Empire Center for
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July 2, 2012
Today is full of bad news for Wall Street. The New York Times reports that the street is moving mid-paying jobs to middle America, and S&P has a new report out saying that the i-banking business is moving to a “less profitable, but somewhat lower risk, business model.”
The S&P analysts expect a decline of up to 10 percent in revenues this year relative to last year. They say, too, that new regulations aren’t banking’s biggest problem. The industry’s biggest problem, rather, is that the economy is weak, and even if it recovers, it won’t need as much of what Wall Street is selling: debt.
The best recent indication of Wall Street’s listlessness, though, is not in the financial press but in the Times’s metro section. (more…)
November 1, 2011
New York is at the top of the debt list in the latest U.S. Census data on state and local government finances.
As of 2009, New York’s state and local long-term indebtedness came to $15,202 per-capita, more than any state and 74 percent above the national average. In 2008, New York’s per-capita state and local debt load was $13,804 and ranked third, trailing only Alaska and Massachusetts.
Comparatively speaking, state and local debt in New York wasn’t much lighter when measured as a share of income, coming to $326 per $1,000 — 45 percent above average and narrowly trailing only Alaska. In the debt per $1,000 category, the Empire State’s #3 ranking was unchanged.
Tables based on the newly released 2009 Census data on state and local government finances have been updated at the Empire Center’s Data Bank.
October 7, 2011
Nicole Gelinas has a must-read op-ed in the New York Post today on the sinking fortunes of New York City’s financial sector. Her message:
Thanks to Washington’s support for big banks, New York City has been a cocoon of prosperity compared to the rest of the nation over the last three years.
But banks can’t stay on the dole forever — and the city’s done nothing in the 37 months since Lehman Bros. collapsed to prepare for a leaner Wall Street.
April 1, 2010
The lead business section story in today’s New York Times profiles the 10 highest-earning hedge fund managers. A quick Google search indicates that only three of the firms run by these superstars — Soros Fund Management, Paulson & Co., and Harbinger Capital Partners — are based in New York City.
Two others — Renaissance Technologies and Icahn Capital — are based in East Setauket, Long Island and White Plains, respectively. The remaining five can be found in Connecticut (SAC Capital Advisors of Stamford and ESL Investments of Greenwich); Chatham, New Jersey (Appaloosa Management); Chicago, Illinois (Citadel Investment Group); and Houston, Texas (Centaurus Partners).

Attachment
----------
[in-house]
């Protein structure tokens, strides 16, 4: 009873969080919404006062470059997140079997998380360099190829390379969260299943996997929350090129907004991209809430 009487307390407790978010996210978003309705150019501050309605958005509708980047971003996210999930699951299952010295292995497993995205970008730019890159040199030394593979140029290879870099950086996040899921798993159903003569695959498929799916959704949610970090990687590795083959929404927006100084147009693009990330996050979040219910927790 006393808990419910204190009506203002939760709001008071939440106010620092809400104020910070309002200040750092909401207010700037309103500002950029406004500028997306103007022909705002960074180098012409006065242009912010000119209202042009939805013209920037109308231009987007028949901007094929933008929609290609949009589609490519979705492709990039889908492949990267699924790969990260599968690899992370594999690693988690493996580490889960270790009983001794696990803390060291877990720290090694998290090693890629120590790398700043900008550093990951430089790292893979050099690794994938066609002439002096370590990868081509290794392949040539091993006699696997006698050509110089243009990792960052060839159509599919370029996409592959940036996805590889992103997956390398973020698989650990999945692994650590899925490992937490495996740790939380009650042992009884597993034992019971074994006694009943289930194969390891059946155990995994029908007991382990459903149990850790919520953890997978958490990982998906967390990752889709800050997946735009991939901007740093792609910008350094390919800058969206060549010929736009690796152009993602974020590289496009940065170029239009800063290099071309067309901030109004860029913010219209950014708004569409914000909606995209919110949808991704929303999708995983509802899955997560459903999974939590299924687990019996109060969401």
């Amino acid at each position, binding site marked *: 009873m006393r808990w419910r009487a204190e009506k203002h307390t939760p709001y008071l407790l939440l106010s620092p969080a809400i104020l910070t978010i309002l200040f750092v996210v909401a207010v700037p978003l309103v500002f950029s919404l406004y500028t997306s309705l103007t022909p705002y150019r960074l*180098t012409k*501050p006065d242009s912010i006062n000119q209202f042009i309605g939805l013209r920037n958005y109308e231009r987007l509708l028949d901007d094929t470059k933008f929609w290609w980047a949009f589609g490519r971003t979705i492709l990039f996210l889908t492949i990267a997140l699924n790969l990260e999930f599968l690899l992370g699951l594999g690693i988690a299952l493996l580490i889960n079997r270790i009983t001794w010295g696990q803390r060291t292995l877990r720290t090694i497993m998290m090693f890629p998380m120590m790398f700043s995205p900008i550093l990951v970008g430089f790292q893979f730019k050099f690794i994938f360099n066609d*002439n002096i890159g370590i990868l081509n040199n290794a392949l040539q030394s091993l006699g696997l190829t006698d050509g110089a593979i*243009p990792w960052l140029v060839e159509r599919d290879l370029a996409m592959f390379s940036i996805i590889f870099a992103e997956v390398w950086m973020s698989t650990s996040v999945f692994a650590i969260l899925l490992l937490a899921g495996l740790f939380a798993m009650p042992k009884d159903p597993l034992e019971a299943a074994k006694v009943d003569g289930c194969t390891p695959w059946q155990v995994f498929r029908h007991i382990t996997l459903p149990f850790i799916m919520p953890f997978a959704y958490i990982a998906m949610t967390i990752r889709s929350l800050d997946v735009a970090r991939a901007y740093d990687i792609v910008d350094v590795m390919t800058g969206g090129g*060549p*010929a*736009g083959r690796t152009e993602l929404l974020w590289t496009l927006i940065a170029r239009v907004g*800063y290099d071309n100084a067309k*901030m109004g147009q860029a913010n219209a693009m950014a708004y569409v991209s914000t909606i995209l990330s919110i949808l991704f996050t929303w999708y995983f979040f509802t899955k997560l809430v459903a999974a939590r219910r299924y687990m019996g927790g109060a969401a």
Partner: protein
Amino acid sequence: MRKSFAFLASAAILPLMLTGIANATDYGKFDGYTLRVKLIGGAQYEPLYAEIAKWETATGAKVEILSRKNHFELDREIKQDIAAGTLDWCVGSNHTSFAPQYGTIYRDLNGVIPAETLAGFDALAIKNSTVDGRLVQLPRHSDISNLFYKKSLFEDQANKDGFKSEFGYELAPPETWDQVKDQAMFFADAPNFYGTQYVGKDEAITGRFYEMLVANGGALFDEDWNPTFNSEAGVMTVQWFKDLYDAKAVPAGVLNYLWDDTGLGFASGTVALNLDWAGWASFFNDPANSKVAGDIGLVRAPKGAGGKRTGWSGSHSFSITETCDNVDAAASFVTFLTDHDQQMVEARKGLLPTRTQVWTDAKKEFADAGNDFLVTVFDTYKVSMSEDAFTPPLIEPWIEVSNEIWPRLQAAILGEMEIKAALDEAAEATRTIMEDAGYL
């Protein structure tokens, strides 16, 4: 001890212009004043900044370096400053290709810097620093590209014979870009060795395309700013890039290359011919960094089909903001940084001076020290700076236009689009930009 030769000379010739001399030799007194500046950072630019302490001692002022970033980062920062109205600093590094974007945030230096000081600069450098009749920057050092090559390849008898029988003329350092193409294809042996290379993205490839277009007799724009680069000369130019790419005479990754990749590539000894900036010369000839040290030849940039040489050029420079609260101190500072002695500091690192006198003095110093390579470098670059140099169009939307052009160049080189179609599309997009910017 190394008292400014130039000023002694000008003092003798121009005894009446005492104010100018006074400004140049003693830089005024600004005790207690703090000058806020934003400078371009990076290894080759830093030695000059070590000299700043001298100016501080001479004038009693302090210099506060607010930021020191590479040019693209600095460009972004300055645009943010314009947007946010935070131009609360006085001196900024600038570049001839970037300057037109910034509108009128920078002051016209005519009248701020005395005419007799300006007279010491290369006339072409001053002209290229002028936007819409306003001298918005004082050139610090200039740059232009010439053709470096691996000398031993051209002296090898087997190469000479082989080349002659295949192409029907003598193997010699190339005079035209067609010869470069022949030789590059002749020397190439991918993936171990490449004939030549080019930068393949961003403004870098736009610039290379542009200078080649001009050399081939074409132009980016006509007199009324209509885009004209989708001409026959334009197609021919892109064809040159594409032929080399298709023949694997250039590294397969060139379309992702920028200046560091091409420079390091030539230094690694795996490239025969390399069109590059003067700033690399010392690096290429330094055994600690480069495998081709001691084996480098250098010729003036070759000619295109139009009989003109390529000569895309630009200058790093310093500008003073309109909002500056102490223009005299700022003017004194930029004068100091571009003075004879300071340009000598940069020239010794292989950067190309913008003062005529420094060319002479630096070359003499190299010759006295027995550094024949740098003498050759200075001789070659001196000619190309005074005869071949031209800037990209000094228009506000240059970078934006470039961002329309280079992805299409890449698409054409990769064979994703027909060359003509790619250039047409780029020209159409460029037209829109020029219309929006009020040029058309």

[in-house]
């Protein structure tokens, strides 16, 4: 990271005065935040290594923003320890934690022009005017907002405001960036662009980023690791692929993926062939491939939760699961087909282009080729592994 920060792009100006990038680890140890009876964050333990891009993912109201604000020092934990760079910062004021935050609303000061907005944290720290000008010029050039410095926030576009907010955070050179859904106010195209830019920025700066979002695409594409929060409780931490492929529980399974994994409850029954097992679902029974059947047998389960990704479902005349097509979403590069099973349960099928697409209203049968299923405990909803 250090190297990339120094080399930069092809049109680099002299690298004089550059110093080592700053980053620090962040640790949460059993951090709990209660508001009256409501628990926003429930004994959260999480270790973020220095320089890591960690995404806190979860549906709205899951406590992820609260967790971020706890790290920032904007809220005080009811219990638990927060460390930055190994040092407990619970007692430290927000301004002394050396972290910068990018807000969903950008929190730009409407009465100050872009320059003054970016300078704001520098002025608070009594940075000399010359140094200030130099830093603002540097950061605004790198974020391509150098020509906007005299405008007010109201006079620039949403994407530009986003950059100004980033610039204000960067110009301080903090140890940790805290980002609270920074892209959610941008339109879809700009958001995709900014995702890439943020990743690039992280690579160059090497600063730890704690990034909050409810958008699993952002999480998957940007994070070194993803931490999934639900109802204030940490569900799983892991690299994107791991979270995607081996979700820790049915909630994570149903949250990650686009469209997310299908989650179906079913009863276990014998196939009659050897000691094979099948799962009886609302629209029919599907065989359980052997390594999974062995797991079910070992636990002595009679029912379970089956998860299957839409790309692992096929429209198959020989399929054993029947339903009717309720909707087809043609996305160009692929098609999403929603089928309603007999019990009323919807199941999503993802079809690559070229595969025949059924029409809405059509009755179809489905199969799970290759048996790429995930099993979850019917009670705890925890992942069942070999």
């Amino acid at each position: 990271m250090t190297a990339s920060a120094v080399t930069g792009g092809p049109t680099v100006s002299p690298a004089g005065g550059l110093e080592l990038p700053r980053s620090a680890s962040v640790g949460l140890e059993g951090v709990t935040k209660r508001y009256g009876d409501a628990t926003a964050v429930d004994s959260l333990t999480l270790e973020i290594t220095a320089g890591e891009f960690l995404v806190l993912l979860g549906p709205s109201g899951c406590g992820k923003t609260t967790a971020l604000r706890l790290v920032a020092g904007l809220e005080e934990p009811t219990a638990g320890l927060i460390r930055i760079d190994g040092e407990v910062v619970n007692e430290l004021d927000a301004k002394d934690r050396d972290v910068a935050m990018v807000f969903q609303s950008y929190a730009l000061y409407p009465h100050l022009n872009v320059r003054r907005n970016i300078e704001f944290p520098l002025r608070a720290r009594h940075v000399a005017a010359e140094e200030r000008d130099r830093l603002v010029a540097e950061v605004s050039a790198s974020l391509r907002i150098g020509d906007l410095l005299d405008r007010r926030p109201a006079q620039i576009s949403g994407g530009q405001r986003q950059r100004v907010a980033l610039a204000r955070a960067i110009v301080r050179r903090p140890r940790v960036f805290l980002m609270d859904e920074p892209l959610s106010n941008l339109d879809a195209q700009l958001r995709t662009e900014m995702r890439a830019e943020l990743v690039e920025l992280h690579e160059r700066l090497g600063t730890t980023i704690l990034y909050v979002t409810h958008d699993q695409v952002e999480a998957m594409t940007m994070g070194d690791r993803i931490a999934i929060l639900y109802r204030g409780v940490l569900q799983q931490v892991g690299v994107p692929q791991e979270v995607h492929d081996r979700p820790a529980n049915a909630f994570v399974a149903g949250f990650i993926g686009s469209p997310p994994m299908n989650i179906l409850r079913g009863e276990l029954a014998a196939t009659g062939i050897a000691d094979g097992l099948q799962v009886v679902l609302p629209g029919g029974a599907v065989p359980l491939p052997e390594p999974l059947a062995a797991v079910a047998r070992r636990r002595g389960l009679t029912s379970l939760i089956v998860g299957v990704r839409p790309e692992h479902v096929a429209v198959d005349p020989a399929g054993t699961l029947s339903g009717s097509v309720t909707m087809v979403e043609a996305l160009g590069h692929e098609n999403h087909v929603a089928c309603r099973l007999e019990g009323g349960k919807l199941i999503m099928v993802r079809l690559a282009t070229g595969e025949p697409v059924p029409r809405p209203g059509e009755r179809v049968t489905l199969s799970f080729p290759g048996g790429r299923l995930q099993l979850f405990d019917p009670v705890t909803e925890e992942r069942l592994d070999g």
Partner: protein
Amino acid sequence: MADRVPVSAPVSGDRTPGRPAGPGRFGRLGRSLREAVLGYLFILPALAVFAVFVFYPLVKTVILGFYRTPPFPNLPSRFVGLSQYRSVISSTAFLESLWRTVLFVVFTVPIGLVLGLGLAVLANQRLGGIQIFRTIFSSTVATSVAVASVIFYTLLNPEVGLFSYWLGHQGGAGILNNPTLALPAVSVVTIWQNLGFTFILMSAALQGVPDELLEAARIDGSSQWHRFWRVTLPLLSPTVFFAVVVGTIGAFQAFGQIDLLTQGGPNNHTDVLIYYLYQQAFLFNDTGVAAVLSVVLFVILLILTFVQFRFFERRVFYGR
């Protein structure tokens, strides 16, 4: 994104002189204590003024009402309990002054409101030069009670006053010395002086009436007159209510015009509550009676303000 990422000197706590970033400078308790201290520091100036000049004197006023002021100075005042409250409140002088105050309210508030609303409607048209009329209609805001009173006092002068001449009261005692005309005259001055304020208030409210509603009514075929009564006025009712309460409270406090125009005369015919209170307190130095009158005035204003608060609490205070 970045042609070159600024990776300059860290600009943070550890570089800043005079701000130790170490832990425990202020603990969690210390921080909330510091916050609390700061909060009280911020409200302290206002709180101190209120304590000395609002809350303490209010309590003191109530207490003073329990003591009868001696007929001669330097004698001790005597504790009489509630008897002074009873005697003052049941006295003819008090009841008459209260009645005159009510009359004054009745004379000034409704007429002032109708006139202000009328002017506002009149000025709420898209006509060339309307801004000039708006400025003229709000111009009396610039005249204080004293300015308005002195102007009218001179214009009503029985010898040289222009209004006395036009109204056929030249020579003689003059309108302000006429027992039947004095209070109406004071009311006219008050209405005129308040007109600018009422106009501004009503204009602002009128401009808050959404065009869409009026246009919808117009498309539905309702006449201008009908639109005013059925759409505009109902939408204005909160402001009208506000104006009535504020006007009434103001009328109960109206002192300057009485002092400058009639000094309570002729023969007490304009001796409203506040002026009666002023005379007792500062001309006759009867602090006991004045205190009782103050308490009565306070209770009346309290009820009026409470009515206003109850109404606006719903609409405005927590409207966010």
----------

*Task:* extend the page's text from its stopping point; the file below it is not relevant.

To be sure, most of these guys either have trading rooms or a personal pied-a-terre in Manhattan. So they don’t totally escape New York taxes, but are certainly in a position to minimize them based on how much time they spend in the city.
Memo to tax-hungry New York lawmakers: a fabulously successful hedge fund can be anywhere. Even Houston, Texas.
October 22, 2009
Governor Paterson’s proposed budget deficit reduction plan includes a $300 million raid on the coffers of the Battery Park City Authority (BPCA), which would be required to issue new bonds and send the proceeds to Albany. But BPCA board member Charles Urstadt and former authority spokesman Avrum Hyman have a better idea, which they describe on the op-ed page of today’s New York Times:
As two of the officials who helped carry out Gov. Nelson A. Rockefeller’s 1967 mandate to build a Lower Manhattan community on landfill in the Hudson River, and considering the unquestionable success of what he proposed evident in today’s vibrant Battery Park City, we believe that New York City, which has a little-remembered option to buy the entire property for $1, should hand over that dollar bill. Let’s finally make Battery Park City, with its 10,000 or so residents and 92 acres of businesses, housing and beautifully maintained green spaces, a part of the city to which it really belongs.
October 19, 2009
An editorial in today’s Daily News calls for “the world’s richest bank” — that would be Goldman Sachs — to “give the taxpayer a bonus” and pass on $321 million that the bank is rightfully set to collect from New York City and State government.
Goldman should hold its ground vs. misplaced populist pressure — including by our billionaire mayor — and take its money. (more…)
October 8, 2009
The Institute for Justice, which argued the landmark Kelo case before the Supreme Court nearly five years ago, has a new report out that calls New York “perhaps the worst state in the nation when it comes to eminent domain abuse — the forcible acquisition of private property by the government for private development.” (more…)
September 30, 2009
Xerox is buying Affiliated Computer Services (ACS) for $6.4 billion. Why?
Partly because ACS does a lot of work for government entities, processing Medicare benefits and all kinds of other stuff. Big businesses — including Xerox and ACS competitor IBM, which is running ads all over political TV shows to push its own smart-government-through-data stuff — think that big government is a growth center in the next few years, for two reasons: (more…)
August 24, 2009
Between the second quarter of last year and the same period this year, the ranks of New York City’s unemployed nearly doubled, from 192,987 jobseekers to 361,390 jobseekers, the city comptroller reports.
But unemployment among people who have a bachelor’s degree or higher has nearly tripled in the same time frame, from 33,285 to 98,103.
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What issue got 2,000 rural upstate New Yorkers fired up enough to rally Sunday (under threatening skies) in opposition to a bill sponsored by the liberal Democrat who represents many of them in Congress?
It wasn’t health care.